For each of the Forums... do 2 "original posts" on 2 of the readings... picking from the questions that I have composed for that day. These original posts should be 2-3 paragraphs in length. Then, do 2 "response posts" to 2 other readings from that day... here you are responding to the original posts your classmates have written... which could be the start of a dialogue between you. Your response posts should be at least a small paragraph in length. (You will not get credit for responses that basically stop with one sentence that says things like, "I agree with you." or "I like your reading of the article.") Your responses should be thoughtful and should somehow build on your classmates posts, or tease out another aspect of the reading for them to consider.

Quote Links

On certain days when we meet online, I have assigned "Quote Links." You can access these Quote Links (QL's) in Moodle. Please pick three different readings from that day's assignment. Find ONE quote per reading that really resonates with you. Share the quote you have picked, and a short reflection on why that quote resonated with you.

In order to get points for the quotes, the short reflection surrounding the quote must be thoughtful and insightful. Phrase your reflection in ways that demonstrate that you have done the reading and thought about the issues surrounding the quote you have picked.

BOTH Forums and Quote Links (QL's) can be found on Moodle.

 

Auto-Ethnography Paper

This project asks you to think about the ways in which your everyday life is personally affected by race and privilege (you may bring in other aspects like gender, class and sexuality... but the focus of this paper should center on race and privilege). You will write one short paper (4-5 pages double-spaced). There are three components to the paper that I will be evaluating: description, definition, and analysis. Guidelines are:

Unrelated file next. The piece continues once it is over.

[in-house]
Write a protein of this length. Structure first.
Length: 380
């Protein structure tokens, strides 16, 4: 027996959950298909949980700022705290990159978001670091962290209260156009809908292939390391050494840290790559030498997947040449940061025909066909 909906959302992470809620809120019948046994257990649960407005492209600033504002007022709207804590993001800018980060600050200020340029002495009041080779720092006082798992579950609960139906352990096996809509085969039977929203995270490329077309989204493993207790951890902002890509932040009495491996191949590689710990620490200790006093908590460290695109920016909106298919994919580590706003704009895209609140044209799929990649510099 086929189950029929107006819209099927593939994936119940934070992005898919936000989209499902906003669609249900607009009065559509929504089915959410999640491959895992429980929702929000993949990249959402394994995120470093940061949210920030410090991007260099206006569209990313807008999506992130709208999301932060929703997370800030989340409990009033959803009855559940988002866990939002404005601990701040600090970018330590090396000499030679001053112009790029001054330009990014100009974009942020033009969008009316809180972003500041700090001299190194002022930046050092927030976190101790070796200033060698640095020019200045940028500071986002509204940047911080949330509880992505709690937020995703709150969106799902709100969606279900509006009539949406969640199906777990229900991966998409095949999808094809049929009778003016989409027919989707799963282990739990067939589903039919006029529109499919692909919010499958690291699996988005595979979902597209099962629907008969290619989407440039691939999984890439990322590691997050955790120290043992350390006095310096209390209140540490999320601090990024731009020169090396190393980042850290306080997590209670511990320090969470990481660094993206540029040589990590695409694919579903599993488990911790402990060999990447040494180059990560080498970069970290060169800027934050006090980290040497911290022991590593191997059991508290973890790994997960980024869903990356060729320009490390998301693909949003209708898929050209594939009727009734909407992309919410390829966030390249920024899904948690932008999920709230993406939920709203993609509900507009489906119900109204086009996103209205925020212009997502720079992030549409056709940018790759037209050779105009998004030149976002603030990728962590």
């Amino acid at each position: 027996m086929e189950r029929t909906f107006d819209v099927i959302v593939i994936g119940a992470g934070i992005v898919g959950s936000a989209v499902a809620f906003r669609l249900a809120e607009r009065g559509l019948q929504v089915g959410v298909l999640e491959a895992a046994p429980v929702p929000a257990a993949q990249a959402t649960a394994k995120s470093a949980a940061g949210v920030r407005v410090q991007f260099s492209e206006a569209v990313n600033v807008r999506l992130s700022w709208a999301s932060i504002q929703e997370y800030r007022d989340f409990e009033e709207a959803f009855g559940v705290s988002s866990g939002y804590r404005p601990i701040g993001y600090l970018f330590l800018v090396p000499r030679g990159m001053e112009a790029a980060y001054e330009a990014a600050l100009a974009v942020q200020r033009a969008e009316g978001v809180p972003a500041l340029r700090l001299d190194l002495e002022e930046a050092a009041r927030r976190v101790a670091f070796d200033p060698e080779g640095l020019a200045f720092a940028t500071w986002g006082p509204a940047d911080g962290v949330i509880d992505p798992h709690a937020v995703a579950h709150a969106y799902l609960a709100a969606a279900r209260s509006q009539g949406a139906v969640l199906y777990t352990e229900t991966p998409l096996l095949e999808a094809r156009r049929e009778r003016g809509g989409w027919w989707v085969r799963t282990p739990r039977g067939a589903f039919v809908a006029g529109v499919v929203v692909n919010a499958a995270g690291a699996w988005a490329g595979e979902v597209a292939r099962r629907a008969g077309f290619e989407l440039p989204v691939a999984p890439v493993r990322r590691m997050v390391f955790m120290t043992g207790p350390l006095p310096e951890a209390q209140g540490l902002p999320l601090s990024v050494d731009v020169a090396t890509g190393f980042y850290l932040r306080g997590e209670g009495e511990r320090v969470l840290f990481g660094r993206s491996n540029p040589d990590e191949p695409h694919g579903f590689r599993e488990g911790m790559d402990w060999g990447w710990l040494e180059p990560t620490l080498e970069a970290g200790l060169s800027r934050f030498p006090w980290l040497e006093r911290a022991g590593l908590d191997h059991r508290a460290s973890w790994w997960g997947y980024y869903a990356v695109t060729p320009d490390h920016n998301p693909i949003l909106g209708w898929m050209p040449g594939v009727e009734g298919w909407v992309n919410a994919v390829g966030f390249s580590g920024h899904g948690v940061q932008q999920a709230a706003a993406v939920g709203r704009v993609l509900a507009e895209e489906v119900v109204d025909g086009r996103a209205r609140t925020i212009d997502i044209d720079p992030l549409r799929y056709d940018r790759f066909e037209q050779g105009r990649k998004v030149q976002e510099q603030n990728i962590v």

1. Write one to three paragraphs describing an event in your life that was pivotal in your identity formation with regard to race and privilege. Perhaps it was especially confusing at the time, but now you have a better sense of it through the readings in this class.
  2. Write one to three paragraphs in which you outline, clarify, and define a concept from the readings that you will later apply to the event. You should draw directly on the readings for this portion of the paper, citing specific texts including the author's name and page number
  3. Write your analysis of the event for the ways in which race operated in that situation. Use the readings (bring in at least 2 readings we have done in the class) and develop your thesis statement with thoughtfulness and complexity.
Anti-War Paper

You will do one response paper for this class on the Anti-War section of the course. For this paper, choose two of the readings from that section to focus on and write a response paper in which you: 1) identify a key concept that links the authors and 2) analyze the authors' arguments theoretically and in-depth. If you wish, you may discuss your critical or emotional response to the reading, however the main focus of the paper should be building your argument (based on readings). (3-4 pages, double-spaced).

Exam

The exam will be based on all the readings assigned for this class as well as on all in-class discussions and materials presented. The exam will be in varied format: multiple choice, short answer questions and long essays.

 

1/9/12